This Monday night I’m watching the Vikings play the Bears on the frozen Minnesota State University field, and feeling glad to live in San Diego (and glad not to be Bret Favre!). There’s another advantage to San Diego if you are filing for divorce: the San Diego Superior Court has developed packages with all the forms you’ll need to file for divorce, ask the court for temporary orders, restrain violent behavior or finalize your settlement and judgment, all without hiring a lawyer.

This is the second installment in the series on doing your own divorce, if you have to. In the simple case, you can prepare much of the paperwork yourself, and use a lawyer for spot services, such as preparing complex pleadings, appearing at motion hearings or preparing a marital settlement agreement. You can use a mediator to assist you in negotiations with your spouse.

To get started, click here to open the San Diego Dissolution Package. Then, click here for a sample Petition for Dissolution of Marriage, and print this out so that you can follow along. I’ll give you some tips that will prevent you from making several trips to the court clerk and getting documents returned. In later installments, I’ll cover the summons, service of papers, pre-trial motions and disclosures. You can use an attorney or contact my office if you get stuck.


Whether you live in Carlsbad, San Marcos, Vista or San Diego, you can use the Dissolution Package to start your divorce paper work. Check the zip-code list to see the specific court to use when filing your paperwork. You’ll need to know this before you fill out your paperwork, because you must submit a “Family Law Certificate of Assignment,” a fillable form in your package.

To fill the form correctly, put your name and address in the upper left corner, and your telephone number. The court and the other party need to know where they can contact you and send papers to you. In the “Attorney for” field I usually put the Latin phrase “In Pro Per” which simply tells the court you don’t have an attorney.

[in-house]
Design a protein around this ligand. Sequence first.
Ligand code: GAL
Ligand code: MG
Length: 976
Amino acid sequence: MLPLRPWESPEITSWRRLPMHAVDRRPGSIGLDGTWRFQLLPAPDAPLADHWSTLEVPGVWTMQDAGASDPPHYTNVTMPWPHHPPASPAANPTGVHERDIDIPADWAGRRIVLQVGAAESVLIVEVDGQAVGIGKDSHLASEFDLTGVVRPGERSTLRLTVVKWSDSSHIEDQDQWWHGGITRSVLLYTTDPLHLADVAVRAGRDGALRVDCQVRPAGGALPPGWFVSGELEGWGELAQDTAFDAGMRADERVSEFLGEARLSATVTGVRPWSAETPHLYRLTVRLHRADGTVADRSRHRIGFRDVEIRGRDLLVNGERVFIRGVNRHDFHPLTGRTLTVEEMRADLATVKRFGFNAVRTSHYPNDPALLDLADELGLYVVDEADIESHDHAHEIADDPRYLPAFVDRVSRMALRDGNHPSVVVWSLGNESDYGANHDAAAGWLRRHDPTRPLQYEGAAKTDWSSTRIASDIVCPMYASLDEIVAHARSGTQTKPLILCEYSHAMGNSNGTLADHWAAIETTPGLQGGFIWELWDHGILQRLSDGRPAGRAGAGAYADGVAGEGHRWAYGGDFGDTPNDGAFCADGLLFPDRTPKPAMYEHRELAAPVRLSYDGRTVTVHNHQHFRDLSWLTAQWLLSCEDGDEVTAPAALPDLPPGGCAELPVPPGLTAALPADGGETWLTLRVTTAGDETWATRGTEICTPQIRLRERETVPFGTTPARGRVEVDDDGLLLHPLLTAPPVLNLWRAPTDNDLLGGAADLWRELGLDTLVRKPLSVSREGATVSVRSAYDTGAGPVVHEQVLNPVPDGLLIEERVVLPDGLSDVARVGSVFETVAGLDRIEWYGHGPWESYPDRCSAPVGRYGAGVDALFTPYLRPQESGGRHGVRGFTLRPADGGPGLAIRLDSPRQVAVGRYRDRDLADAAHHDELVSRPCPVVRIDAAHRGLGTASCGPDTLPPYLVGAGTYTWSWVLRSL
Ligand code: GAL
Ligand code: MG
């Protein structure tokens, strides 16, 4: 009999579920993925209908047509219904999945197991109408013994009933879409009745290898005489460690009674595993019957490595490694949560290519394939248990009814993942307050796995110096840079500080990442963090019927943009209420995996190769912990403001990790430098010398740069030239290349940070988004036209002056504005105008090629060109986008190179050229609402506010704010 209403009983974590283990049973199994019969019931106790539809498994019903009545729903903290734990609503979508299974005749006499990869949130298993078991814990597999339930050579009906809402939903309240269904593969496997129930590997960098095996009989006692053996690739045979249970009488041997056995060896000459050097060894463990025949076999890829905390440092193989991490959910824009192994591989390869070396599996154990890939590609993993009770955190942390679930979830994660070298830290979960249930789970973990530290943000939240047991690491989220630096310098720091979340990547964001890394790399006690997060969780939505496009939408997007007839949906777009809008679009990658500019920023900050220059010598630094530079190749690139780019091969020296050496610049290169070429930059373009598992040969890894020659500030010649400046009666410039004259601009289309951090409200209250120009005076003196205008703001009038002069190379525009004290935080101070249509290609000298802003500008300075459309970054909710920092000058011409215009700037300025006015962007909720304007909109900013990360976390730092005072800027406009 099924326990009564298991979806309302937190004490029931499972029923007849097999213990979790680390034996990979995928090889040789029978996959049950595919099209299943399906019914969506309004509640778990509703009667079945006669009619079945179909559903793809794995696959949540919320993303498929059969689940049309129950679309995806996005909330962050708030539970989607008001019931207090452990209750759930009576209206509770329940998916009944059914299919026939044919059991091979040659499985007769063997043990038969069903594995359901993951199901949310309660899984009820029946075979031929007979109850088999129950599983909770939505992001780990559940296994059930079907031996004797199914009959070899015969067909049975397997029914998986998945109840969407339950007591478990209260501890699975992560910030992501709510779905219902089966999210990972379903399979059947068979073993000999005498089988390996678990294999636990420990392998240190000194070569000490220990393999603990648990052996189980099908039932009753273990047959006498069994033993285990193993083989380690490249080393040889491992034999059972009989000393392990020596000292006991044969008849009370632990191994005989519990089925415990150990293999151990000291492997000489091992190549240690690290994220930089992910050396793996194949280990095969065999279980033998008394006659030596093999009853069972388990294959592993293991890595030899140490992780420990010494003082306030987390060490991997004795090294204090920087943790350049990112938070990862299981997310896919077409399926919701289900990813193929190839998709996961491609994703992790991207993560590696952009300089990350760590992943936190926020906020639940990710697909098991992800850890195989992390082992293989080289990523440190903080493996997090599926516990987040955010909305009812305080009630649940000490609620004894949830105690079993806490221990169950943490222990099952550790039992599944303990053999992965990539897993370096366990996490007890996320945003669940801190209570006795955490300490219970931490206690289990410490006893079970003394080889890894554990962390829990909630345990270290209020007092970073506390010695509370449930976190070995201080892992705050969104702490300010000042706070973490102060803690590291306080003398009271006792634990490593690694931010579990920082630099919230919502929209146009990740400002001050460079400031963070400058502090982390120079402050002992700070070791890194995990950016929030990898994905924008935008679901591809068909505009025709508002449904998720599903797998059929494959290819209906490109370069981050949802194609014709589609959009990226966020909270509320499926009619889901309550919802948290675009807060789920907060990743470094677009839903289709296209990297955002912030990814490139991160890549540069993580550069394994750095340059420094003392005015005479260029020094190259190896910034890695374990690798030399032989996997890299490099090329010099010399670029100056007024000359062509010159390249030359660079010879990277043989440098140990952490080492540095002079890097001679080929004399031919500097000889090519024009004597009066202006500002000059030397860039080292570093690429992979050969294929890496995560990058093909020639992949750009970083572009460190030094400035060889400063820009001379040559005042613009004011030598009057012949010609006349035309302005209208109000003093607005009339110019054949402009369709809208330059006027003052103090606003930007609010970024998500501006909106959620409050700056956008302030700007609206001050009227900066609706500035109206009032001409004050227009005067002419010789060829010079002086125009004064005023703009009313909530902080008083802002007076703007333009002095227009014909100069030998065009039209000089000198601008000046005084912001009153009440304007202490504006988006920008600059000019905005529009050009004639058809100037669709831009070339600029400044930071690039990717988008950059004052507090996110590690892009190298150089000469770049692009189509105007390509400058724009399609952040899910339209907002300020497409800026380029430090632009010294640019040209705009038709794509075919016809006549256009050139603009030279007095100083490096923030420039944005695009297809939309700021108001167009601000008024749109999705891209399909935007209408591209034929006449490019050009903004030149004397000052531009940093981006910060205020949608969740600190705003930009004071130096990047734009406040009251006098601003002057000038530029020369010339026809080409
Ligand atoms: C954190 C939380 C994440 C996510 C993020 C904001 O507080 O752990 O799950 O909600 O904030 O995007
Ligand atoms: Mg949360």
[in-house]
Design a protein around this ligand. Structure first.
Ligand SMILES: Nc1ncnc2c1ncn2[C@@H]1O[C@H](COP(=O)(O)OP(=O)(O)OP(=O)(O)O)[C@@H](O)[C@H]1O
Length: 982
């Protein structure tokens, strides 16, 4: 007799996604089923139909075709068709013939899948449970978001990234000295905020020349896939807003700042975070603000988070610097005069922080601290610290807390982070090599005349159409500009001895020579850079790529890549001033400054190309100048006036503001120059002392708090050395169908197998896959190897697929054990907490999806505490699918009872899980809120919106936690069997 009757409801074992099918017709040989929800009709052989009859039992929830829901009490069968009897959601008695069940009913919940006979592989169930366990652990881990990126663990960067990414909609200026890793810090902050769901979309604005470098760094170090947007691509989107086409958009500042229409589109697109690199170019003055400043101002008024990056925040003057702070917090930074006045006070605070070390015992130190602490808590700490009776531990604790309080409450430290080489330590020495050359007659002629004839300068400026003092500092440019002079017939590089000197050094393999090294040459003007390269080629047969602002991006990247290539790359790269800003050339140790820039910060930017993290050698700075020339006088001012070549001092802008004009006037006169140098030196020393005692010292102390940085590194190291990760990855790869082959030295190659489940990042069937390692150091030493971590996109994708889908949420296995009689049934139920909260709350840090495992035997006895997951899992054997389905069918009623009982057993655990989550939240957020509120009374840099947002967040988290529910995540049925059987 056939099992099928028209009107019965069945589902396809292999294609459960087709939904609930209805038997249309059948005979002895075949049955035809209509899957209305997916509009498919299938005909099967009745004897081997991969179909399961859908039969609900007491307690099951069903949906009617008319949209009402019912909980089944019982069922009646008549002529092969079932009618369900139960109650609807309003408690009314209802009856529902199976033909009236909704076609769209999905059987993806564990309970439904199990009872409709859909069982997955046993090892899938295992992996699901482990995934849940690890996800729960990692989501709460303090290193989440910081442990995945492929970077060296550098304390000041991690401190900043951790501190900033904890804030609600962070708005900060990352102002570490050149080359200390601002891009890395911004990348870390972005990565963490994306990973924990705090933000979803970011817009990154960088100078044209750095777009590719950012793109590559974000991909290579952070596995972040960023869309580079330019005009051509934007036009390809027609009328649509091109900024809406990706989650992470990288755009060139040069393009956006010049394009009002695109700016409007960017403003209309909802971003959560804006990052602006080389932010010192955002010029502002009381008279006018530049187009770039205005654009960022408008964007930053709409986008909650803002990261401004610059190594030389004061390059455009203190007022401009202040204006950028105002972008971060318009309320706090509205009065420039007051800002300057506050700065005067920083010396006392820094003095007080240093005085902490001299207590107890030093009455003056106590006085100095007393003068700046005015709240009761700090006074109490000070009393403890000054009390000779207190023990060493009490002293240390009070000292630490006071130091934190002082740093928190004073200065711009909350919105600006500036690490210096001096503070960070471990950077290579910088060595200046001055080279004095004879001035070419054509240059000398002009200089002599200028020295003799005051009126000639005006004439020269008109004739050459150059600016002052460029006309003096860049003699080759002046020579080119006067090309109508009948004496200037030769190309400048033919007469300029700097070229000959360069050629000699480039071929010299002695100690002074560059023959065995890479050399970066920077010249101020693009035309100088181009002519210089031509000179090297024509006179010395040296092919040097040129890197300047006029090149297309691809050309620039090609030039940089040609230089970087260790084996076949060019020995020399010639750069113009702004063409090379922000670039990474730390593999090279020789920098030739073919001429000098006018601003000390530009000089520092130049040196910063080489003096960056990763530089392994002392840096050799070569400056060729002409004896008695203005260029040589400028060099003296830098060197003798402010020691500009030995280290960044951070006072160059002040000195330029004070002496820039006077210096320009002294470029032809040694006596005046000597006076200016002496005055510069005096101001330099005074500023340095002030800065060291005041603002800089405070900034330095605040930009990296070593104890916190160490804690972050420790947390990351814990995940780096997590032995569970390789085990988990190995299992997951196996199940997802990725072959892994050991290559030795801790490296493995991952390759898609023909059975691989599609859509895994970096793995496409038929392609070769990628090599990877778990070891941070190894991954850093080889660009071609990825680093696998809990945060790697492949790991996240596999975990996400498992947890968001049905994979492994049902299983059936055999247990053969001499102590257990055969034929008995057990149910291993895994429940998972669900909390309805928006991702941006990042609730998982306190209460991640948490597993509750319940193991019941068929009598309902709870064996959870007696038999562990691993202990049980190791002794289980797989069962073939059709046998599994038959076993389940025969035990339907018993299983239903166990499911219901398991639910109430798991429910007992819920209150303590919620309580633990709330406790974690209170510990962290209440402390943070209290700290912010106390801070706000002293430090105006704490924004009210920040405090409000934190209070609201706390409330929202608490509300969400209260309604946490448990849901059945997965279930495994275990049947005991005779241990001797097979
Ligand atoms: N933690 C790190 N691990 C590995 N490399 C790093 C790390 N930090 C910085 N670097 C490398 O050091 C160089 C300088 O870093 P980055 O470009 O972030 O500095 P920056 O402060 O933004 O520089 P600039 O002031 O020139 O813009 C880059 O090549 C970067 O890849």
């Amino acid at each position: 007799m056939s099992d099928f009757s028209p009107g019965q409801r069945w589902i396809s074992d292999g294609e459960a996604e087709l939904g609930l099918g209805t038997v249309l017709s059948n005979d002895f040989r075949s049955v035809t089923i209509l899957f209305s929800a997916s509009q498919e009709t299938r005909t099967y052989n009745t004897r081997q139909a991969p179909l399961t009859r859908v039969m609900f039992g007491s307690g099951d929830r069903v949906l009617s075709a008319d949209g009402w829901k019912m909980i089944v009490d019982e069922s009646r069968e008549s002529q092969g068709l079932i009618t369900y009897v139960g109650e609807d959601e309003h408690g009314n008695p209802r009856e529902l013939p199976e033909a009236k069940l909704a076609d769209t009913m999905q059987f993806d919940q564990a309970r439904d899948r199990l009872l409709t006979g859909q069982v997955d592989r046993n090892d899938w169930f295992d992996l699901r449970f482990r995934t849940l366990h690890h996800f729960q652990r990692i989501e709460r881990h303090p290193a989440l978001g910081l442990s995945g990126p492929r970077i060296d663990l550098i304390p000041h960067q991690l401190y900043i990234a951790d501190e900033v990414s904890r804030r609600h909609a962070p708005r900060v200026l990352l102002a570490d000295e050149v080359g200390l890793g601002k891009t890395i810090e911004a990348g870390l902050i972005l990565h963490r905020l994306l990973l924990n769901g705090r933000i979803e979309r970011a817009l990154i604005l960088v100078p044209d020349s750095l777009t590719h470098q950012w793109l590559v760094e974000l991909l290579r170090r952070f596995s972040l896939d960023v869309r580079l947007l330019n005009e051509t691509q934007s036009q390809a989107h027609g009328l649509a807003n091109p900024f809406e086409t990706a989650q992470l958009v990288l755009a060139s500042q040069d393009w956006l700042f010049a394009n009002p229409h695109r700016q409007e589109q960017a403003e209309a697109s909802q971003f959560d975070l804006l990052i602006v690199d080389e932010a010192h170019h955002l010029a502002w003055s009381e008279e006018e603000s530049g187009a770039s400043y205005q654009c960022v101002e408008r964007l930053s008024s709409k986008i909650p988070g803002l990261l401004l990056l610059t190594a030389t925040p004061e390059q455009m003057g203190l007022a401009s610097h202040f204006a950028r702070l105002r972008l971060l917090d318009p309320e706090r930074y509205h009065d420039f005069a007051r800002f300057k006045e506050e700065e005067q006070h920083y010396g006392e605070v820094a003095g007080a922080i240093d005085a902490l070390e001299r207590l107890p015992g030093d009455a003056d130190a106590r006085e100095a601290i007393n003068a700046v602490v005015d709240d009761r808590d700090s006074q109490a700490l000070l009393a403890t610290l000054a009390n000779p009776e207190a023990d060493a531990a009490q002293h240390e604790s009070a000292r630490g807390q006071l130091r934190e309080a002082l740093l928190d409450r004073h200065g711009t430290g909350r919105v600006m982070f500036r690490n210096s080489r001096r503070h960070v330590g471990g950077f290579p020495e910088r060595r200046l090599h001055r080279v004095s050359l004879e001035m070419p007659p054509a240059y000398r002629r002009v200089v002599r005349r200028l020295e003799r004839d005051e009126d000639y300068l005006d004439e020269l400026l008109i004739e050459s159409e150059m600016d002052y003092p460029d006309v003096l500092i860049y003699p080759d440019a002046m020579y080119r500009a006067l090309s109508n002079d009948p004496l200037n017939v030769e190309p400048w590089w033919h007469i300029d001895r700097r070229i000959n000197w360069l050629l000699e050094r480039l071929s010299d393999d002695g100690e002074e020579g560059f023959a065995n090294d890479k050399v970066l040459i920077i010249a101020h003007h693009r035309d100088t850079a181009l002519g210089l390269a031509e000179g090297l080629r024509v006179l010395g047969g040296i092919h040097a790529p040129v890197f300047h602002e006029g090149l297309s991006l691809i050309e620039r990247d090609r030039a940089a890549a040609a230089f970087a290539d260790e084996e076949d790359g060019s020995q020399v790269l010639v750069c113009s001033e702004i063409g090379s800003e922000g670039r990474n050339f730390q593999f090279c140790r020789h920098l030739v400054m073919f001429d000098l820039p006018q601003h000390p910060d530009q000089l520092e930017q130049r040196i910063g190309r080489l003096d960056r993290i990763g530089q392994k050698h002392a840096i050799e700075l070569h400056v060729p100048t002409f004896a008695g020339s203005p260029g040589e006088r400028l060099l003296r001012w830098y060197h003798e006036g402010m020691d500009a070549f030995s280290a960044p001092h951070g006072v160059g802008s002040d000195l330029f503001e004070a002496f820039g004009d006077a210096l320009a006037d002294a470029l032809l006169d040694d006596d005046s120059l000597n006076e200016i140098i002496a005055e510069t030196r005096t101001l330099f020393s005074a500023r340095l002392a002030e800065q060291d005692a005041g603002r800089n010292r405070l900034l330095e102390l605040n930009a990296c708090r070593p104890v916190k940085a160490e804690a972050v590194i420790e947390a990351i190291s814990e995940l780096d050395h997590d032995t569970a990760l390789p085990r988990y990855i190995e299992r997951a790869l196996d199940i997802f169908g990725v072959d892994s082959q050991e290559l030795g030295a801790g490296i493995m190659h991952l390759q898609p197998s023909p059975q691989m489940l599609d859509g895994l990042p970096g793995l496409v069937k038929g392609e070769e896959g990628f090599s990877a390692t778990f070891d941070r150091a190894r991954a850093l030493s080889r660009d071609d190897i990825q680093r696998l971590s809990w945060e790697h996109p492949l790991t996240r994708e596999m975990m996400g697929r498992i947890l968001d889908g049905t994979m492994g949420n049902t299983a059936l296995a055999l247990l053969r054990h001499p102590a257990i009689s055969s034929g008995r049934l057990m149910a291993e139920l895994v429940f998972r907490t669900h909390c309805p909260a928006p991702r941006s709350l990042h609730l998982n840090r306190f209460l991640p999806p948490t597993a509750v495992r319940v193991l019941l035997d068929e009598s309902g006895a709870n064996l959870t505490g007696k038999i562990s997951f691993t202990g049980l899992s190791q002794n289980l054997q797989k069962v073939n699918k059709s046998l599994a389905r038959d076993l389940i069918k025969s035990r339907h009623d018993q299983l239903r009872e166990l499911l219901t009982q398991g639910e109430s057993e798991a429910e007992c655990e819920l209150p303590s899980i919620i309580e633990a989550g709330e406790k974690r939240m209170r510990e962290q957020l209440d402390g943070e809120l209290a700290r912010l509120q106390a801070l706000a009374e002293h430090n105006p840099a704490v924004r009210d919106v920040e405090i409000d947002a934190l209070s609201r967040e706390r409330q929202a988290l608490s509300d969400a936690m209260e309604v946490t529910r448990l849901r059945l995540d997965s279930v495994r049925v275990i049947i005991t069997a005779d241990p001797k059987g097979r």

Put your full name in the field after the word “PETITIONER”, and your spouse’s name after the word “RESPONDENT.” Since you are asking for the court to act, you are called the “Petitioner.” Your spouse will be the “respondent.”

You’ll want to leave the case number blank, as this will be filled in by the clerk. On all documents filed after the petition, you will put the case number.


On my attorney-represented divorce cases, I’m often asked whether to file for “dissolution” or “Legal Separation.” There are several reasons why someone may want to file for separation instead of divorce, and most of them are religious. Unless you absolutely can’t stand to file for divorce, I recommend that you check the “dissolution” box. You can always get a judgment that keeps your marital status in tact whether or not you file for separation. However, after a judgment of separation, you will have to pay a separate filing fee if you want to actually be divorced.

In my view, legal separation has all of the disadvantages of divorce, and none of the advantages. With legal separation, you will still divide your property, pay or receive child and spousal support, and get a judgment on how you will share child custody. But unless you amend your petition later to request a dissolution, you will not get your marital status terminated.